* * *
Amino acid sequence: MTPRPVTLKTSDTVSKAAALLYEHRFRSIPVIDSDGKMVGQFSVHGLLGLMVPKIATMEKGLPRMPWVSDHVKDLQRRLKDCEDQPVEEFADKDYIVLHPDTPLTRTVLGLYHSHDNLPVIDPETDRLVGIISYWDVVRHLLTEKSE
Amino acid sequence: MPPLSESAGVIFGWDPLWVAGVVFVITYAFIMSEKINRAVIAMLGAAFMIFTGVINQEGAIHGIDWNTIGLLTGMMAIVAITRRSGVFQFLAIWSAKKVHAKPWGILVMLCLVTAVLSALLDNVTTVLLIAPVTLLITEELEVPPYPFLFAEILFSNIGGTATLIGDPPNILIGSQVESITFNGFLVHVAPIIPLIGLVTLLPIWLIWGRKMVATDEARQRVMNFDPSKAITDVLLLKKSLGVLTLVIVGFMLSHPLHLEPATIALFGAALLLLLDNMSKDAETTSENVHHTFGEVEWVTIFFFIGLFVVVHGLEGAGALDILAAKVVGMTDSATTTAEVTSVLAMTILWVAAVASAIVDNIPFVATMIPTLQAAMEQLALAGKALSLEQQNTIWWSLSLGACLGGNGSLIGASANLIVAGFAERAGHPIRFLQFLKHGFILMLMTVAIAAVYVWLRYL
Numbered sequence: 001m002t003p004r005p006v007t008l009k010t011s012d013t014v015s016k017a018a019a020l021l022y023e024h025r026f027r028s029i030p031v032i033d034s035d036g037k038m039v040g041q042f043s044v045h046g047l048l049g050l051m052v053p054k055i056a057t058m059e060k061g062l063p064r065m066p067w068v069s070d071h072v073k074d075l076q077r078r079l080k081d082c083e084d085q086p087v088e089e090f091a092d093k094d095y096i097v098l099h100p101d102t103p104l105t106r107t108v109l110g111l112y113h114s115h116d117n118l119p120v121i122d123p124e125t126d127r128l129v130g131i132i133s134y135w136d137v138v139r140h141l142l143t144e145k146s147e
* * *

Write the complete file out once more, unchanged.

Amino acid sequence: MTPRPVTLKTSDTVSKAAALLYEHRFRSIPVIDSDGKMVGQFSVHGLLGLMVPKIATMEKGLPRMPWVSDHVKDLQRRLKDCEDQPVEEFADKDYIVLHPDTPLTRTVLGLYHSHDNLPVIDPETDRLVGIISYWDVVRHLLTEKSE
Amino acid sequence: MPPLSESAGVIFGWDPLWVAGVVFVITYAFIMSEKINRAVIAMLGAAFMIFTGVINQEGAIHGIDWNTIGLLTGMMAIVAITRRSGVFQFLAIWSAKKVHAKPWGILVMLCLVTAVLSALLDNVTTVLLIAPVTLLITEELEVPPYPFLFAEILFSNIGGTATLIGDPPNILIGSQVESITFNGFLVHVAPIIPLIGLVTLLPIWLIWGRKMVATDEARQRVMNFDPSKAITDVLLLKKSLGVLTLVIVGFMLSHPLHLEPATIALFGAALLLLLDNMSKDAETTSENVHHTFGEVEWVTIFFFIGLFVVVHGLEGAGALDILAAKVVGMTDSATTTAEVTSVLAMTILWVAAVASAIVDNIPFVATMIPTLQAAMEQLALAGKALSLEQQNTIWWSLSLGACLGGNGSLIGASANLIVAGFAERAGHPIRFLQFLKHGFILMLMTVAIAAVYVWLRYL
Numbered sequence: 001m002t003p004r005p006v007t008l009k010t011s012d013t014v015s016k017a018a019a020l021l022y023e024h025r026f027r028s029i030p031v032i033d034s035d036g037k038m039v040g041q042f043s044v045h046g047l048l049g050l051m052v053p054k055i056a057t058m059e060k061g062l063p064r065m066p067w068v069s070d071h072v073k074d075l076q077r078r079l080k081d082c083e084d085q086p087v088e089e090f091a092d093k094d095y096i097v098l099h100p101d102t103p104l105t106r107t108v109l110g111l112y113h114s115h116d117n118l119p120v121i122d123p124e125t126d127r128l129v130g131i132i133s134y135w136d137v138v139r140h141l142l143t144e145k146s147e